Ringing in the day with a stunning ex-works Maserati 200S
The triptych of ‘1950s racing car’, ‘Italian’ and ‘red’ is enough to trigger the enthusiasm and dreams of any historic-car enthusiast. Of course, the ex-works 1956 Maserati 200S S/N 2405 isn’t red today, but it harks back to another dream period, the American regional and national races of the ’50s, mostly run in California and Florida, where the most legendary sports cars raced in distinctive liveries.
This car was born red with Fiandri coachwork, similar to the Maserati 150S bodies, as Mattia Colpani and Enrico Renaldini from Brixia Motor Classic near Brescia in Italy remind us. But before telling us more about the car’s history, they took us for a drive in the Italian countryside at sunrise. It almost goes without saying that this is an offer you don’t say no to, especially when the car is driven to the full.
As we were starting to become deaf after the spectacular drive, we asked the duo to share with us what it feels like to drive such a car: “The 200S is very loud and fast,” says Mattia. “Actually, the faster you drive it, the lighter it feels; you really need to concentrate. It’s easier to drive than a Ferrari 500 Mondial, but it’s also lower, so you feel all the bumps; it’s also faster in corners.” Enrico adds: “The tubular chassis makes a huge difference. It’s actually not that far from the driving sensations of an Osca, with a bigger engine, of course.”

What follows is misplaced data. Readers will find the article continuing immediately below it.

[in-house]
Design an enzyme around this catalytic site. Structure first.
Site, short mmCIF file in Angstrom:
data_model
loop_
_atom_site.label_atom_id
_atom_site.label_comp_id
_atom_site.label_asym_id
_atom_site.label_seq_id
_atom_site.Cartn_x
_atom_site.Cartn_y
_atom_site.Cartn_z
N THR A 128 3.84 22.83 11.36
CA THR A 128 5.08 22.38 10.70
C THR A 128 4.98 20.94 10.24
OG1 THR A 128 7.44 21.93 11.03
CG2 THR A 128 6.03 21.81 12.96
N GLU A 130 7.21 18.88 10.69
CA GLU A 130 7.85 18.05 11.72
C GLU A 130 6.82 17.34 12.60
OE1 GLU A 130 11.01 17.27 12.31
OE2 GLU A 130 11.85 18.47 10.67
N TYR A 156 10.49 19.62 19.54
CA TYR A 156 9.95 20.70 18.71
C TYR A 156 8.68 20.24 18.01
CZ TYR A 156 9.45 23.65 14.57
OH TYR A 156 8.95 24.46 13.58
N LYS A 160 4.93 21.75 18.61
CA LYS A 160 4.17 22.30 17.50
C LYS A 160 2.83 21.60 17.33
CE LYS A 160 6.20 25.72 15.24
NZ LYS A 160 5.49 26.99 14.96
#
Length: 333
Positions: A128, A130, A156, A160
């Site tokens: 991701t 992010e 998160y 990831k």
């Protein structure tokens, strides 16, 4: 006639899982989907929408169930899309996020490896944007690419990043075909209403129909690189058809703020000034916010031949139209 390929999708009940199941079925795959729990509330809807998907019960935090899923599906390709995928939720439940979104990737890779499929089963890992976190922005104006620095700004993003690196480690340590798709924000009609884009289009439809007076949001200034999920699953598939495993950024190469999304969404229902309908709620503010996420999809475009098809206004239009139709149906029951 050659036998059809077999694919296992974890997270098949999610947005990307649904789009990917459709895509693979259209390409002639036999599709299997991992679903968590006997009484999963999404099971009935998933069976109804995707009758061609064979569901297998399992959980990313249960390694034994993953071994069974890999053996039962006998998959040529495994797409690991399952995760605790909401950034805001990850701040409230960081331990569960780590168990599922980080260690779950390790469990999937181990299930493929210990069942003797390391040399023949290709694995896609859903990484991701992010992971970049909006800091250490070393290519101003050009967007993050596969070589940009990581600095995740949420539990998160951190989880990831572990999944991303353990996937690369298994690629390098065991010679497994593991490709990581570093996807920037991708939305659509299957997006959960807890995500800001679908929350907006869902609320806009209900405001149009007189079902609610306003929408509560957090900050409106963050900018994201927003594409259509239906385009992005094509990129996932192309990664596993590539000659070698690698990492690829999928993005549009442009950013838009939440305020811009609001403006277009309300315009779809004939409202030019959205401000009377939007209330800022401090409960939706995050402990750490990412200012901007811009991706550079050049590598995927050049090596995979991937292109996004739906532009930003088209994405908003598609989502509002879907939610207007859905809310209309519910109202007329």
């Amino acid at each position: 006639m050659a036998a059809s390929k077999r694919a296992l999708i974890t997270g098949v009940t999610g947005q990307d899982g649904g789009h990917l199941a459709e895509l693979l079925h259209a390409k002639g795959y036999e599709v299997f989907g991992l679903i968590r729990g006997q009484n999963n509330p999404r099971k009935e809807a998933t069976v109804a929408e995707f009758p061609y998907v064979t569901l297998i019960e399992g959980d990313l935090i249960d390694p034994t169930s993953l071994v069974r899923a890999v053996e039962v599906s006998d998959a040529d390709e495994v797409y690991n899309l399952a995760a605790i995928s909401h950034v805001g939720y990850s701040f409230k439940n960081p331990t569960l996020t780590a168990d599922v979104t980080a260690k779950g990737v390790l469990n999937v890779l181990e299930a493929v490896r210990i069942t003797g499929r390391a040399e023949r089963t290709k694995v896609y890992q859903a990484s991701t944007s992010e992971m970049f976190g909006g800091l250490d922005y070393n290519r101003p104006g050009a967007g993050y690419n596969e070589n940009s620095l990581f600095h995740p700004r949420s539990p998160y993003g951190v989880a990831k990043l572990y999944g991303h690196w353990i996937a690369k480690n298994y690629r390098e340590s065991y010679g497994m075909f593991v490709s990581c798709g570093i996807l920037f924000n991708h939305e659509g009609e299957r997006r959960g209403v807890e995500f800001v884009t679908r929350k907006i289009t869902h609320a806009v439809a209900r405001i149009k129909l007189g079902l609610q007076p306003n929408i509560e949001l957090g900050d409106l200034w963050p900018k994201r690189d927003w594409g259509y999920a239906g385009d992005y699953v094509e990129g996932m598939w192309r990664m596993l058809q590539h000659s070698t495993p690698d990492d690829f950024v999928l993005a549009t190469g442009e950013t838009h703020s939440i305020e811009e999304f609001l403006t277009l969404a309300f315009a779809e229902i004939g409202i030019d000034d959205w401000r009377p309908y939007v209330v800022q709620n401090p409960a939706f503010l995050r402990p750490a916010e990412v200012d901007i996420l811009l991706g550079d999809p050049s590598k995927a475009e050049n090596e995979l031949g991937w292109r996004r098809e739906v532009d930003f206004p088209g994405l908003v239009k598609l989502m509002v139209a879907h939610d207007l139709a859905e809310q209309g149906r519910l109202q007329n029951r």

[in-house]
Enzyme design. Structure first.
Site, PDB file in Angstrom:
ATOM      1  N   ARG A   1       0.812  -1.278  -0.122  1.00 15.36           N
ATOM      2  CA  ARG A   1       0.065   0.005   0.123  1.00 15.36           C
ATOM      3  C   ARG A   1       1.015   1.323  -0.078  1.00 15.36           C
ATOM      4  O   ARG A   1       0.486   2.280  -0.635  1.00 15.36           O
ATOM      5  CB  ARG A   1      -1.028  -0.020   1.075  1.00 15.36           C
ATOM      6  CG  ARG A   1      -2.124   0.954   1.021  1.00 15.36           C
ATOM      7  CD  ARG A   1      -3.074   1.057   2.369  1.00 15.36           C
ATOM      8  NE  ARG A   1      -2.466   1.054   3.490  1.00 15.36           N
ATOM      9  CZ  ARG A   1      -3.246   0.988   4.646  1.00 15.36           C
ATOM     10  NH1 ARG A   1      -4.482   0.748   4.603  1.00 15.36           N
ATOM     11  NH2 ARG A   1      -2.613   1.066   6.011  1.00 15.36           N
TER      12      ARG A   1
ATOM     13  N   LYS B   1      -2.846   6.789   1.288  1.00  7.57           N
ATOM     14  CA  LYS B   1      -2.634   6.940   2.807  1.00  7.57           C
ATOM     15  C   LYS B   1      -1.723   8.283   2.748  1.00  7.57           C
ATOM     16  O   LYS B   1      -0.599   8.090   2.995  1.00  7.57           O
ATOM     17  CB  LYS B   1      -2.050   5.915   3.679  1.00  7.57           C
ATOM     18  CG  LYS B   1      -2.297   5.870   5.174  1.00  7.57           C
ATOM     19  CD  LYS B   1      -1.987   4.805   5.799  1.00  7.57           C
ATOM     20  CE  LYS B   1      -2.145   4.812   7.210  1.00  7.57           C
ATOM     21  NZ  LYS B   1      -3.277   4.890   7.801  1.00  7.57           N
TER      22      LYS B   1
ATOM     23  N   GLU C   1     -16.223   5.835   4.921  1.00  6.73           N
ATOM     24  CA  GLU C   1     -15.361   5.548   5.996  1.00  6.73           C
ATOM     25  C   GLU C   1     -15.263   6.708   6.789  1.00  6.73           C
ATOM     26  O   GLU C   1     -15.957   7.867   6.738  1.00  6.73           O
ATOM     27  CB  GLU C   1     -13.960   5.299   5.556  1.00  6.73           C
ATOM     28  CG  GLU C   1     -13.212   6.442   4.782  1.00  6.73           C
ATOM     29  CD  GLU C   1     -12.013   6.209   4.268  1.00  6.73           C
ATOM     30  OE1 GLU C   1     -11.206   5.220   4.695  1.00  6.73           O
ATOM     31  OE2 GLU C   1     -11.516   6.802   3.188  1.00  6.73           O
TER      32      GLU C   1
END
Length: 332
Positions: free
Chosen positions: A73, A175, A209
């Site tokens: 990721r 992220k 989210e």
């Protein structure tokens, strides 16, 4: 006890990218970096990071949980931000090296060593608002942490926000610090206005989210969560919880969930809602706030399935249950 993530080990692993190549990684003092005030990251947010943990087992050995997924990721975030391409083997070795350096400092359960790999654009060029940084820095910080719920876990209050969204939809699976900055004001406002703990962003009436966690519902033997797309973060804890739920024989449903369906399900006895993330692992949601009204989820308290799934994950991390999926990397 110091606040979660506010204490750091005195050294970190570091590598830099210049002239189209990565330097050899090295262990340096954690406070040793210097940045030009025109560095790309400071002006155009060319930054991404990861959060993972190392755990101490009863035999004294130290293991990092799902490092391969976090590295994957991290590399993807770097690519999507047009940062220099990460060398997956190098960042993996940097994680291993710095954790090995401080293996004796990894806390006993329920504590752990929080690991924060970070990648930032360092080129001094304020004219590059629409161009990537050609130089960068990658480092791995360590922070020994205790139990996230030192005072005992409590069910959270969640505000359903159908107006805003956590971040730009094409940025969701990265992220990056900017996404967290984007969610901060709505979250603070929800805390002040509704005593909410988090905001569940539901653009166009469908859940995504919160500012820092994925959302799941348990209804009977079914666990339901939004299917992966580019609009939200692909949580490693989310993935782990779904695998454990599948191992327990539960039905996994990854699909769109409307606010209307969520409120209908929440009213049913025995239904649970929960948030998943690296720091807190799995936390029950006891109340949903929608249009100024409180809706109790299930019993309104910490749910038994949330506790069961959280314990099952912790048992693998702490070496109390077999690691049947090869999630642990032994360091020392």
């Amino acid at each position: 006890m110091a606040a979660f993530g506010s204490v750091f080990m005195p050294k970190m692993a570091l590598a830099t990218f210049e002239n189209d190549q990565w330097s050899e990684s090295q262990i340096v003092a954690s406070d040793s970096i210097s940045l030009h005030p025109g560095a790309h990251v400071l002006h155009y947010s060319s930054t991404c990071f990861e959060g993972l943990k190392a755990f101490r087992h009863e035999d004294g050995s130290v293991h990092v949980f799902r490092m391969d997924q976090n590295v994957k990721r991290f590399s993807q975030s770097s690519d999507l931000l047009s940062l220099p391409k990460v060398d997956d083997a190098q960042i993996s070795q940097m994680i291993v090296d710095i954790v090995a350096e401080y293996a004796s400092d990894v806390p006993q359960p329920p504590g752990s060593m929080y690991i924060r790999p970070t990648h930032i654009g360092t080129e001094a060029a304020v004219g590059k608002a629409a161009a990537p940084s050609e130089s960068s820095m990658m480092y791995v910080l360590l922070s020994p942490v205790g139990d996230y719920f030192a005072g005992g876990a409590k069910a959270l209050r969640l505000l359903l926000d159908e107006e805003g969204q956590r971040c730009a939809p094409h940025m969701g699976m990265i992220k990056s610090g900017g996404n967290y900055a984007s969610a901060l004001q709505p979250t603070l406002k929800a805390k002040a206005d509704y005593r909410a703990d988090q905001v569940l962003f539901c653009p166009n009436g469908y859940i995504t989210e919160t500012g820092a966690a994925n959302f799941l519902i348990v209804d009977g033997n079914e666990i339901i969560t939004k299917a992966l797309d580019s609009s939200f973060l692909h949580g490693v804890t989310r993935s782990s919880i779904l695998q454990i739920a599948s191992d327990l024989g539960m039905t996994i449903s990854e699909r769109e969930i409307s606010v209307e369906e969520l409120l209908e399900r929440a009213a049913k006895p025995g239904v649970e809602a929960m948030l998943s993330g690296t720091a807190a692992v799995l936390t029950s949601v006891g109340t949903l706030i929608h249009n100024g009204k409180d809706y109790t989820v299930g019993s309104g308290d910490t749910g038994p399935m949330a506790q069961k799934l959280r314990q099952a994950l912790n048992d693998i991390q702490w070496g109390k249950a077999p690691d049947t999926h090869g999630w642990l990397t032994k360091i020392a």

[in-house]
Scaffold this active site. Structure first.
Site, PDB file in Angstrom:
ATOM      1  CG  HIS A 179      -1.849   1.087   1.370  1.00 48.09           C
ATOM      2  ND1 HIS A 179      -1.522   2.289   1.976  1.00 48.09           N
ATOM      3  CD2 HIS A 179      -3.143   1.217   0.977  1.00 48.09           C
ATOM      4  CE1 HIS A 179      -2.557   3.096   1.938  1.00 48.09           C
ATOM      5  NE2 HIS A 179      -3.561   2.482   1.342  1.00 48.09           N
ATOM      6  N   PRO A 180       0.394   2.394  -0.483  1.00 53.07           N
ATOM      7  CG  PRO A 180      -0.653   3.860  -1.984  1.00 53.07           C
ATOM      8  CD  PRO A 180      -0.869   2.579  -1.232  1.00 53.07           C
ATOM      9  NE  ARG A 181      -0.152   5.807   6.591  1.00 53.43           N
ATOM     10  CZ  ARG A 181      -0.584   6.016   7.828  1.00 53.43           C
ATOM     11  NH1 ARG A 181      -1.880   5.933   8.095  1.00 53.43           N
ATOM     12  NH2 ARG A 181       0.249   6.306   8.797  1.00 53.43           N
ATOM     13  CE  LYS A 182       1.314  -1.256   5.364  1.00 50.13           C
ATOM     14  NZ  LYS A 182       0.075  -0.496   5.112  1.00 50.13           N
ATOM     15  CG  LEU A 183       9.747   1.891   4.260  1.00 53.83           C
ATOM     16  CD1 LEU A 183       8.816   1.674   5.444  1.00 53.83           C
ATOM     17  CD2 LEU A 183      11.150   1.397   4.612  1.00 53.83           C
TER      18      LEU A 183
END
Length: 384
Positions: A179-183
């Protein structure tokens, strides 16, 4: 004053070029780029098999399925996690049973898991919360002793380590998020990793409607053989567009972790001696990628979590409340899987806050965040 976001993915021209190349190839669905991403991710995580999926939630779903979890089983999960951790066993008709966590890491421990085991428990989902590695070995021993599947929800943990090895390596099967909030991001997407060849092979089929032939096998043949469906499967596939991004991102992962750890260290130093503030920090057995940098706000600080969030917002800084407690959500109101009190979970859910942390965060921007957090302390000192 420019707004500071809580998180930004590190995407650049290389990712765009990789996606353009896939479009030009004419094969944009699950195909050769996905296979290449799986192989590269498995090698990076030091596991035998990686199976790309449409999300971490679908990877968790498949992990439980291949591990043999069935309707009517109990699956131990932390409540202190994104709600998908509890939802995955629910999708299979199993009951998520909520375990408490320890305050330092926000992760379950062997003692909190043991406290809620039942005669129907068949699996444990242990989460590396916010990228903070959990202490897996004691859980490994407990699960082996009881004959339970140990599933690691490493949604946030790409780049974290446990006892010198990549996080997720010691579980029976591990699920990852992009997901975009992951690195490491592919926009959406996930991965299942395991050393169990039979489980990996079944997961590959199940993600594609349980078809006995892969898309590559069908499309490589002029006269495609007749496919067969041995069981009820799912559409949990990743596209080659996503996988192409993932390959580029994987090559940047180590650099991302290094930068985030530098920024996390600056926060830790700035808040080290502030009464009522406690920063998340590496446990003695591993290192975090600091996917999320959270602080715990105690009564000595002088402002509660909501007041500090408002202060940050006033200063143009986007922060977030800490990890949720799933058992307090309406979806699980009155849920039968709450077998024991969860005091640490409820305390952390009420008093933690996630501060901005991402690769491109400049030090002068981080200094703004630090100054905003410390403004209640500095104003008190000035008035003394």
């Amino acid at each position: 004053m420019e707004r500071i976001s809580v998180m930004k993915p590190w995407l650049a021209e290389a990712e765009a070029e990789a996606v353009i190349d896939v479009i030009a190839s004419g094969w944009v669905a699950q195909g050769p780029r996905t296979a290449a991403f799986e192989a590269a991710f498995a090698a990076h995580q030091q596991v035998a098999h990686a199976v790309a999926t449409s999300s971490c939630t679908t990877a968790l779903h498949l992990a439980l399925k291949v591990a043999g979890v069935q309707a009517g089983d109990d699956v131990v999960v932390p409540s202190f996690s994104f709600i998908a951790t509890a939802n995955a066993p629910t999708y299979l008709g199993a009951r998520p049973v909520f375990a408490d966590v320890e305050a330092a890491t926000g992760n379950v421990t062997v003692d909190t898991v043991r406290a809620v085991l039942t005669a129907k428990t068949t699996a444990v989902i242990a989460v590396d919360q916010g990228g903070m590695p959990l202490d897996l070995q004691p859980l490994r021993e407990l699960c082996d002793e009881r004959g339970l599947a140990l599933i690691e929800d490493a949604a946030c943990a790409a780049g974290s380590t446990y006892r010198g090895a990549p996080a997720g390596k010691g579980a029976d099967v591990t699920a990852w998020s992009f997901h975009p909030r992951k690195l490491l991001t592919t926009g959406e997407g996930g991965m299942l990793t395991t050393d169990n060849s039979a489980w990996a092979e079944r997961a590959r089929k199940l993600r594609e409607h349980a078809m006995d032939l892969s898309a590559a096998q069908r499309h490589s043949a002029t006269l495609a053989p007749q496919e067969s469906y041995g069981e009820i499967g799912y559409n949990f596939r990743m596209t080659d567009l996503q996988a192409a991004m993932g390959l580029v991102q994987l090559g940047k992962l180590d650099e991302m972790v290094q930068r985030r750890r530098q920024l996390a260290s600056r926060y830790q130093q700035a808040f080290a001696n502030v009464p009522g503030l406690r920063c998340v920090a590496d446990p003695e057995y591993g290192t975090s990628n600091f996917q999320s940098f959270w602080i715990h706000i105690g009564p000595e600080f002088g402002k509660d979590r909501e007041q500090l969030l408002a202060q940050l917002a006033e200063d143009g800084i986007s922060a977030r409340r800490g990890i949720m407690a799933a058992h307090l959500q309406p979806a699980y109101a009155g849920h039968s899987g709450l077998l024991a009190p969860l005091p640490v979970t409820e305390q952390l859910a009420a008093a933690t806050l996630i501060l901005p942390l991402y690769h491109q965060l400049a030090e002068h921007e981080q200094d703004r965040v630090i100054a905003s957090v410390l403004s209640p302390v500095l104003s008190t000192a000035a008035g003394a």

To understand why this 200S today wears a Fantuzzi body and this unique livery, we have to delve into its history. First, in 1955, Maserati developed both the 150S and 200S on two almost identical chassis to succeed the A6 GCS. The four-cylinder engine used in Formula 2 was to be used for the Tipo 52, or 200S. The 150S, with its smaller 1.5-litre aluminium engine, was tailored for privateers, while the bigger engines were planned for the official Maserati drivers such as Fangio or Moss.